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Web-Services and SOA Why Web Services, while I have created Web Application using Servlets/JSPs? Catch this

Web-Services and SOA

Why Web Services, while I have created Web Application using Servlets/JSPs?

Catch this point – You created web application for User to Program interaction for delivering some static or dynamic contents. While web services are for Program to Program interaction.

If both applications are in Java then you have choices like Socket Programming, RMI etc for establishing a

communication between them. But what if two different technologies want to communicate to invoke some functionality of our EJB components.

e.g.

.NET wants

Still we have choices like CORBA or writing some application specific code like .NET makes an http call to call your servlet, you returned the desired results in string or binary stream format. But there will be n number of issues related to the data format, security, encoding, data posting etc.

Whatever can be accomplished by CORBA can be accomplished using Web service technologies and vice versa, although the amount of effort required would be noticeably different. CORBA is complex and in CORBA, there is a tight coupling between the client and the server. In Web services, everything is decoupled. The client sends a message and receives a message. See the comparison –

Aspect

CORBA

Web services

Data model

Object model

SOAP message exchange model

Client-Server coupling

Tight

Loose

Location transparency

Object references

URL

Type system

IDL

XML schemas

 

static + runtime checks

runtime checks only

Error handling

IDL exception

SOAP fault messages

Serialization

built into the ORB

can be chosen by the user

Parameter passing

by reference

by value (no notion of objects)

 

by value (valuetype)

 

Transfer syntax

CDR used on the wire

XML used on the wire

 

binary format

Unicode

State

Stateful

stateless

Request semantics

at-most-once

defined by SOAP

Runtime composition

DII

UDDI/WSDL

Registry

Interface Repository

UDDI/WSDL

 

Implementation repository

 

Service discovery

CORBA naming/trading service

UDDI

 

RMI registry

 

Language support

any language with an IDL binding

any language

Security

CORBA security service

HTTP/SSL, XML signature

Author - Sumit Agarwal (jexperts@gmail.com)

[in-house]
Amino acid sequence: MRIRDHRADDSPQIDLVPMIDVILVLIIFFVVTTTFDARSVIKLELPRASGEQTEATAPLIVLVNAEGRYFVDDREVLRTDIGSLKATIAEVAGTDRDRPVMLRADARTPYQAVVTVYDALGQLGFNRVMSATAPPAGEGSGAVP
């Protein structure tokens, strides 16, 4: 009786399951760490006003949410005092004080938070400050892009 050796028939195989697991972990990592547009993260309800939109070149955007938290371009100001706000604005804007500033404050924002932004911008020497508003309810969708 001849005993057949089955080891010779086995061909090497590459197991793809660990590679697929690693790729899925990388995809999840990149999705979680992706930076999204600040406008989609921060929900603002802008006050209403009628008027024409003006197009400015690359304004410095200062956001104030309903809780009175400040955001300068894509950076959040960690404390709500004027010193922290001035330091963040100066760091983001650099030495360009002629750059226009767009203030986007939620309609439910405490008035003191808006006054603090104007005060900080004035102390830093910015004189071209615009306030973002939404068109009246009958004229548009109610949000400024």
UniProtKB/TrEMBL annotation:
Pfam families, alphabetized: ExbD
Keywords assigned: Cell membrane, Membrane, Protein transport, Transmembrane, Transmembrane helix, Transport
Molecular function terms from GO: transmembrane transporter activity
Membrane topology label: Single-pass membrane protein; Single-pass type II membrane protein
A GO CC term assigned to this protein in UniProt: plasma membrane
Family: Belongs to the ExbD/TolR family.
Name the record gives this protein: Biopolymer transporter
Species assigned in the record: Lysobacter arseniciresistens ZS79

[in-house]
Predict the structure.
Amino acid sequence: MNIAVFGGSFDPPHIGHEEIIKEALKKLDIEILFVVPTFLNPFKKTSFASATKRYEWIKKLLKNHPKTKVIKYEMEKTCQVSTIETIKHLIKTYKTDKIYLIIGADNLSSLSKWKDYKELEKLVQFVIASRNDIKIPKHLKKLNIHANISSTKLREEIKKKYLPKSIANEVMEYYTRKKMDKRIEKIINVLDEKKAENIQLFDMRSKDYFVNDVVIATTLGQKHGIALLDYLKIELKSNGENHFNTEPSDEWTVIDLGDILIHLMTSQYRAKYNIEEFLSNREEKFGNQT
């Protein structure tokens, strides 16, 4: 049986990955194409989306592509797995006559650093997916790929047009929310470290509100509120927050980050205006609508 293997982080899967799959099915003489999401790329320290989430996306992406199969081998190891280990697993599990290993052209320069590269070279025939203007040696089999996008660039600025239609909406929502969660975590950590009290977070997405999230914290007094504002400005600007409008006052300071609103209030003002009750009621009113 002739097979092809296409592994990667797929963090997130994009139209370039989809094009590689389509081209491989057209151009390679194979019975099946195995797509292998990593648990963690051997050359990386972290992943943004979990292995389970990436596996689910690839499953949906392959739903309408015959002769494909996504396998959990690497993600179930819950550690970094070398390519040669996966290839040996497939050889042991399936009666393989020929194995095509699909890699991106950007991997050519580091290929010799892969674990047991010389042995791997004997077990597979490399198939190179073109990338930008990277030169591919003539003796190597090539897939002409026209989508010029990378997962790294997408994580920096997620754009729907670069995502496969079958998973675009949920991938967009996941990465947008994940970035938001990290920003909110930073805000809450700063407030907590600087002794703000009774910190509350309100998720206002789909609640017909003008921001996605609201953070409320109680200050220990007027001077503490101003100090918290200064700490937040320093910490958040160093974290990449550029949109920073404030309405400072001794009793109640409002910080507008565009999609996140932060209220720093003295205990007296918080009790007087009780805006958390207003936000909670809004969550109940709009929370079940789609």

So, why not to use something that is standard and simple? Yes, the promise of web

So, why not to use something that is standard and simple?

Yes, the promise of web services is to enable a distributed environment in which any number of

applications, or application components, can interoperate seamlessly among and between organizations in a platform-neutral, language-neutral fashion. This interoperation brings heterogeneity to the world of distributed computing once and for all.

Real Life Example –

The Amazon.com provides some web services over internet. As well as writing private client applications to extract specific book-related information, web service developers can use this service to create their own web sites that incorporate information obtained from Amazon.com, without having to present it in the same way as it appears on the Amazon.com web site.

So, why not to use something that is standard and simple? Yes, the promise of web

When the user selects a book from one of MyXMLBooks.com's web pages, the HTTP request generated is routed via a controlling servlet on the MyXMLBooks.com web server, which determines that it needs to retrieve raw book data from Amazon.com. The servlet obtains this data by using a web service client implemented by MyXMLBooks.com's developers. This client uses the web service interface published by Amazon.com to invoke a method on its server that returns the required information. The method invocation is performed by creating an XML message that contains the method name and any required parameters and then sending it to Amazon.com's server using some standard protocol (SOAP ;-)